Nothing much ever came of Ryan Thang, a Nashville draft pick that didn't pan out.

So much for doing that Zidlicky thang! Might as well bonk!

I guess with all that its' only fitting that Nashville should add wayward Hab Radek Bonk.

The cerise on the creme de la creme would be Nashville having a player whose name had pred - a - tor connotations, tied into all this subtle nastiness, with a country ring to it.

Something like Vernon Fiddler!

(This Fiddler did score...ouch...just to make this one tight at the end!)

When all this is added up, and topped off by a coach in Nashville that looks like a pissed off Humpty Dumpty, and you get why I have such a hard time being serious about the Nashville Preds!

And Trotz, just sounds so stalker!


And so.... I settled in for last night's game hoping a story from the game would emerge to keep me from posting what you've just read above. It just didn't happen for me.

All I got are these random electrolyte imbalances from the as - yet to be damaged by Molsons neurons still firing on my brain after three days of Lecavalier extacy.

All joking about the Nashville franchise aside, on the ice and inside the organization, I consider the Preds to have been the model expansion franchise, at least until finances and ownership fiascos came into conflict with their progression.

They've done a whole whack of things correctly, starting with hiring an experienced GM to run the show. David Poile might once have been termed by none other than Brian Burke as a lamb in lamb's clothing, but he has done excellent work in assembling a cast that has kept the team progressing and competitive since it's inception.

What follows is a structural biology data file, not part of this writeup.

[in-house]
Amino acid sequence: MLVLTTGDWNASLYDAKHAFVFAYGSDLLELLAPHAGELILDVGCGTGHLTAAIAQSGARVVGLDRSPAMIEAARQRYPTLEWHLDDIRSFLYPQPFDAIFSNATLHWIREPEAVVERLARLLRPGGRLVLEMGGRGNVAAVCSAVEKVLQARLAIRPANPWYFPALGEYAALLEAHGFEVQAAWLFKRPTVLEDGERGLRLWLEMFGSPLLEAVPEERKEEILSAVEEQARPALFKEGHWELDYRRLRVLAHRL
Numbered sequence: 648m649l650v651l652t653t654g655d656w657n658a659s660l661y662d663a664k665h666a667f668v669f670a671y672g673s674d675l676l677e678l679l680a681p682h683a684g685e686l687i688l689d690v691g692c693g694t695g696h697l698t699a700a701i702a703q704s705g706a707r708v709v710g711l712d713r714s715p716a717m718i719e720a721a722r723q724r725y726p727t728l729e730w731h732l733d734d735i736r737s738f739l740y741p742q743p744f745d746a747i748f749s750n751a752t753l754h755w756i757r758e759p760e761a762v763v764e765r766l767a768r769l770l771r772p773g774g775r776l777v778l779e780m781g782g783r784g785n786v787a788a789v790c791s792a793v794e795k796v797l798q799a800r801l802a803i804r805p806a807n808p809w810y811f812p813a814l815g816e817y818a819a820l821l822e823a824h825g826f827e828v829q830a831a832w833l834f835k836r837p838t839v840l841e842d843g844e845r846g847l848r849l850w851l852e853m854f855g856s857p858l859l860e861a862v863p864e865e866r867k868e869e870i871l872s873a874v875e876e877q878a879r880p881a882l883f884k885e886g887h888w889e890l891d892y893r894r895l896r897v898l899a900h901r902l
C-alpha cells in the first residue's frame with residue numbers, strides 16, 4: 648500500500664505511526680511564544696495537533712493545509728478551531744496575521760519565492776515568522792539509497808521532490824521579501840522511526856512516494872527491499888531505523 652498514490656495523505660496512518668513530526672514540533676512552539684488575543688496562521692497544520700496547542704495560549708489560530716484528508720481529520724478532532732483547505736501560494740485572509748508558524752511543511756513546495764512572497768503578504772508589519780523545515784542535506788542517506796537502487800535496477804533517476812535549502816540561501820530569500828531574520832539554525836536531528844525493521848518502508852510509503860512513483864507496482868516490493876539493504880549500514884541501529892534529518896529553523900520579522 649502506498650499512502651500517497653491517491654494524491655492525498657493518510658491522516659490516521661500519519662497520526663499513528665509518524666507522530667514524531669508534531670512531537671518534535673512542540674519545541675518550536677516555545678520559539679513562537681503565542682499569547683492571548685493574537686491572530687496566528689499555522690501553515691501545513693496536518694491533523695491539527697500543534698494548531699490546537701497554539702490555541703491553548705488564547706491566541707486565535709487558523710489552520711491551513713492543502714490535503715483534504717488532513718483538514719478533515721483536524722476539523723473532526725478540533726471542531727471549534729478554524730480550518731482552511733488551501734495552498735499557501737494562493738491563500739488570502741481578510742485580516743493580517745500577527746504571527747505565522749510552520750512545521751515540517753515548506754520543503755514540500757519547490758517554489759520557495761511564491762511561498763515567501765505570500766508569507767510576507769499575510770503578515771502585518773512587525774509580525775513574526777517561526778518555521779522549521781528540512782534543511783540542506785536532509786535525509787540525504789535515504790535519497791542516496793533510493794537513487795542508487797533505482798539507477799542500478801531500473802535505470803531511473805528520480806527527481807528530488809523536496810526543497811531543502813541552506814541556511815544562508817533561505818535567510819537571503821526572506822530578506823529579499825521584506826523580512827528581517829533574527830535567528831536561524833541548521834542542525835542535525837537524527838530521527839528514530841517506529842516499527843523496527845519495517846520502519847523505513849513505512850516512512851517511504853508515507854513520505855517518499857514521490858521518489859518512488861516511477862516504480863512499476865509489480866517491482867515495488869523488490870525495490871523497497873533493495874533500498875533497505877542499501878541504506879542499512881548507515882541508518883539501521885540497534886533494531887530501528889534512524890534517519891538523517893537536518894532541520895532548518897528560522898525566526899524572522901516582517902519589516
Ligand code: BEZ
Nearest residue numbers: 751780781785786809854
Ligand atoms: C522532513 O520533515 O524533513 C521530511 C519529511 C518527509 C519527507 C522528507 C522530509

Nashville has built smartly, scouted with purpose, and patiently never lost sight of it's original ideals. Still in place are Polie and Humpty, which testifies to the consistency of the club.

The one muck up they committed, was loading off to acquire Peter Forsberg a few seasons ago, and getting double ransomed by the Philadelphia Flyers in the process. Other than that, it has all been smooth.

The Preds have assembled a gritty team, and have an identity that fits them somewhere between Buffalo and New Jersey in talent and execution. They have favored solid, if not unspectacular, defenseman who understand the transition game, and forwards who are relentless in puck pursuit. All this makes them an opponant never to be taken lightly. Teams who take a night off against Nashville, will wake up in morning after embarrassment.

Honestly, I feared the Canadiens blowing this one big time!

History will show a 3-2 Canadiens win on January 15, 2009, and the story attached could say the Habs did enough good things to earn the victory. The truth is not quite that squeaky clean.

Nashville outshot the Canadiens in this one, and at great lengths of time outplayed them as well. Luck factored in at both ends. The Habs grabbed a lead they never relinquished, and defended desperately in moments when the Preds controlled play. Montreal registered a mere 8 shots over the final 40 minutes. Stats tallied for the game state that the Canadiens fired 14 shots wide, and I swear I saw double that total zing into thin air.

Habs forward Alex Kovalev was a game time decision, as it was reported that he had come down with a flu. At times he looked sick out there in a good way, and at times he looked sick out there in a bad way. He both dazzled and razzed, but he showed up to give whatever gas was in his tank. Two seasons ago, he might have invoked vertigo, double vision, an earache in his elbow or a toothache in his heel to explain his absense.